American furniture still popular with Okinawans
Okinawans’ love affair with solid wood American furniture began in the aftermath of World War II, when American military personnel sold or gave away their furniture before departing the island at the end of their tours.
There was little furniture available on the island in the post-war era, and the quality American products were in great demand. Many furniture recycle shops sprouted up, many of them along Highway 58 near the military bases, and most created an American culture or lifestyle demand that peaked in the 1970’s and 80’s. Although the quality of furniture in Japan –or imported from elsewhere in Asia—is good, there’s still something special about the decades-old U.S. products.
Furniture store Graceland is still in business, and still meeting the demands of both Japanese and foreigners who want a bit of nostalgia in their homes. Graceland operates in the Oyama district of Ginowan City, conveniently accessible to shoppers. Map: http://goo.gl/maps/IPcGL. Graceland is open daily except Tuesdays, 11 a.m. ~ 7 p.m. The store’s influenced the culture, and has examples of its products on the Graceland website: http://graceland-life.ocnk.net/page/2.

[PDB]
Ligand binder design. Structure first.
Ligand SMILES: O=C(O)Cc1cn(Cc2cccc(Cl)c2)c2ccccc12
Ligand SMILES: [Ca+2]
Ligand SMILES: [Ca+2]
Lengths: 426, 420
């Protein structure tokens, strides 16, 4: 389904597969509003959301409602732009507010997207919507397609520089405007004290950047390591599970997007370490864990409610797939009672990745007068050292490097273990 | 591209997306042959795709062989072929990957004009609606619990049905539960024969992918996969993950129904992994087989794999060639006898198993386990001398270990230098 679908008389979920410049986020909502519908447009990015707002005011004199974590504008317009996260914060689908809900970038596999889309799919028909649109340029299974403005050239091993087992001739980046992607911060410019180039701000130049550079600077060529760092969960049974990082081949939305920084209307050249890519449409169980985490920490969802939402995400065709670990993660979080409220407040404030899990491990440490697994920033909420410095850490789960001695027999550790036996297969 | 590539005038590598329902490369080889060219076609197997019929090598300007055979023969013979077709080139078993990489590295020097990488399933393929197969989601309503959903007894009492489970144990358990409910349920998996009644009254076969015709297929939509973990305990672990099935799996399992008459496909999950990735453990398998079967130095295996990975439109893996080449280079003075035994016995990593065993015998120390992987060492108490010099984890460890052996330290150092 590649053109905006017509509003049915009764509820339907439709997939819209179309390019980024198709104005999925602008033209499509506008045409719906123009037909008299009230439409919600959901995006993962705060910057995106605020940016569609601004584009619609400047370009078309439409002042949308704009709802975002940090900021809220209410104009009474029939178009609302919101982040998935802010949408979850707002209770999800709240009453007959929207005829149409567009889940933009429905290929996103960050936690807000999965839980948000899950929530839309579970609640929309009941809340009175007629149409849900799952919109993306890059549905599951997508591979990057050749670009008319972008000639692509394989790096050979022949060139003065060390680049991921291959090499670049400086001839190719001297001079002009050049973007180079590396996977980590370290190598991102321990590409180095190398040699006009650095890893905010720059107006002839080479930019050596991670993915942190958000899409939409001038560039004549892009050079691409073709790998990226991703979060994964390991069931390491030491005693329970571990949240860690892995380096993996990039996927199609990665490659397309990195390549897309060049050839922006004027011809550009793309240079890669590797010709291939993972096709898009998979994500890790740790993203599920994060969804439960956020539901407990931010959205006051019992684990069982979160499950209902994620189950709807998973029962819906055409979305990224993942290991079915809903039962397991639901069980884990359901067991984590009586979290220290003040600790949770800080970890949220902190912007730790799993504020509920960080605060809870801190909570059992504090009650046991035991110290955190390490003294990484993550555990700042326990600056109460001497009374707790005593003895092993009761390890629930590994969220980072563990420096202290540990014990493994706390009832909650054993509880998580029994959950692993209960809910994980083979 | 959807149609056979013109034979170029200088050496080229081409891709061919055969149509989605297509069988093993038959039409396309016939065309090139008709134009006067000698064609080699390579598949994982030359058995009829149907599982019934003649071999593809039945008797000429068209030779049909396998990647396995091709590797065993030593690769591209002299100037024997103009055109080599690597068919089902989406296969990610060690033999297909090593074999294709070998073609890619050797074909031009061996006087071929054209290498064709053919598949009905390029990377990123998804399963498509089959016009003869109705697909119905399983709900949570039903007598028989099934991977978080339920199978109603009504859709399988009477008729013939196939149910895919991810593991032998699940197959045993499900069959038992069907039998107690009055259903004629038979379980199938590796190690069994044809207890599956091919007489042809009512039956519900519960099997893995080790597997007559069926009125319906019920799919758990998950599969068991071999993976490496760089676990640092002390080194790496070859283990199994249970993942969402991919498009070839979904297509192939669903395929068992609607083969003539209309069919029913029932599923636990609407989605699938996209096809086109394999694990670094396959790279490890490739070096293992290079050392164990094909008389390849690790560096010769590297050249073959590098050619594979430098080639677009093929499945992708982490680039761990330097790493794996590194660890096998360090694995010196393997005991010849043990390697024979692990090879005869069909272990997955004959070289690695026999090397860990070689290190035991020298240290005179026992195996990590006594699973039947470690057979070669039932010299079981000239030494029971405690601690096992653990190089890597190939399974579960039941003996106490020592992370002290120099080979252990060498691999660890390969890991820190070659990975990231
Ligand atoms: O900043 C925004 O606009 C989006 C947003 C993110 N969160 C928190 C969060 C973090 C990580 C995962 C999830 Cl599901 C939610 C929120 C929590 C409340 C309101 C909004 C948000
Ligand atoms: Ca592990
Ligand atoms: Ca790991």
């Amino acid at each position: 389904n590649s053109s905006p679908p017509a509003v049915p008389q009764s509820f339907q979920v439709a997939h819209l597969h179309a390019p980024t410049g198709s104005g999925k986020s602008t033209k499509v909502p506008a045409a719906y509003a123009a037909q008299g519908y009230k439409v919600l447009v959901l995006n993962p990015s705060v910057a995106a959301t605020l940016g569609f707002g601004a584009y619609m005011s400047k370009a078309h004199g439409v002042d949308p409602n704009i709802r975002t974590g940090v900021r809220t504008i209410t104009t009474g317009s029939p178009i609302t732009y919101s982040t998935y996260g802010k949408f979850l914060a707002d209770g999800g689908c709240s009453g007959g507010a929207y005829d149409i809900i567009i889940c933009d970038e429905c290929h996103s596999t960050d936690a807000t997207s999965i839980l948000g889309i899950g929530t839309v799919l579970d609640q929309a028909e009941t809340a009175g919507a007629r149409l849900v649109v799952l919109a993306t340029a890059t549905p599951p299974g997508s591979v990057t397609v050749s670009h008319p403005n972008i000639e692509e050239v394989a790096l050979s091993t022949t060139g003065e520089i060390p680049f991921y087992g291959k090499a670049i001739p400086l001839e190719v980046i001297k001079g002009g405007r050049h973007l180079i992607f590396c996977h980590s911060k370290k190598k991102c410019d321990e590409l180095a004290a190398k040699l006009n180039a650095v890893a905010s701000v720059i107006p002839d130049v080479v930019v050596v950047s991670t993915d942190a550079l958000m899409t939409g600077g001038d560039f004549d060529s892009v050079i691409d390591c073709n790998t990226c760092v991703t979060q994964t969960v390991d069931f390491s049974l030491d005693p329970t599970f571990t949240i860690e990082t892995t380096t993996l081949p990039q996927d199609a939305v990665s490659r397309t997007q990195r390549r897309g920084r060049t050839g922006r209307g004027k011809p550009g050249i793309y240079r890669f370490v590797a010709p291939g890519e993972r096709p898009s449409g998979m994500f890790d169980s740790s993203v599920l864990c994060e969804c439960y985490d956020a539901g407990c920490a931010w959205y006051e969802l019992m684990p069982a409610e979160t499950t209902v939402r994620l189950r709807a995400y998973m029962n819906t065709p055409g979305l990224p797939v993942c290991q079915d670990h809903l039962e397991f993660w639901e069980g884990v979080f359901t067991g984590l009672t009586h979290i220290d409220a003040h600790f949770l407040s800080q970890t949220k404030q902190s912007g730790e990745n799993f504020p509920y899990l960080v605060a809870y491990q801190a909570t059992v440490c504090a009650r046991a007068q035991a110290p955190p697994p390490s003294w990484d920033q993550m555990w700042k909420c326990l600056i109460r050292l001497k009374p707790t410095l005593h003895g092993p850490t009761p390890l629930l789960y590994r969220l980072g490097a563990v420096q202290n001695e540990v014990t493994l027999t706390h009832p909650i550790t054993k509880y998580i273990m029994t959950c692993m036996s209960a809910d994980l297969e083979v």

Jun Chida owns Graceland, and says he runs the furniture business not only because it is good, but because he likes the good old style of America. He says it is harder to find the much-in-demand products, as U.S. servicemen and women don’t have it any more, so he often has to shop for it in the United States himself. Often he purchases furniture that’s in need of repair, so he has a team of specialists who restore the often decades-old goods. He admits that many of his customers are now trekking to Okinawa from mainland Japan, just to buy old style American furniture and memorabilia.
However, he says that even to a little bit of his surprise, even young American customers have recently started stopping by at his store to purchase his items. “After running this store for 17 years, it seems to me that a kind of nostalgia for old American is increasing, and many people are looking for furniture that fits to the image of ‘Good Old Days’,” he says.
Chida has also created his own brand of furniture that he calls “Ryukyu Islands series.” They are, naturally, mid 20th century style and made of teak wood.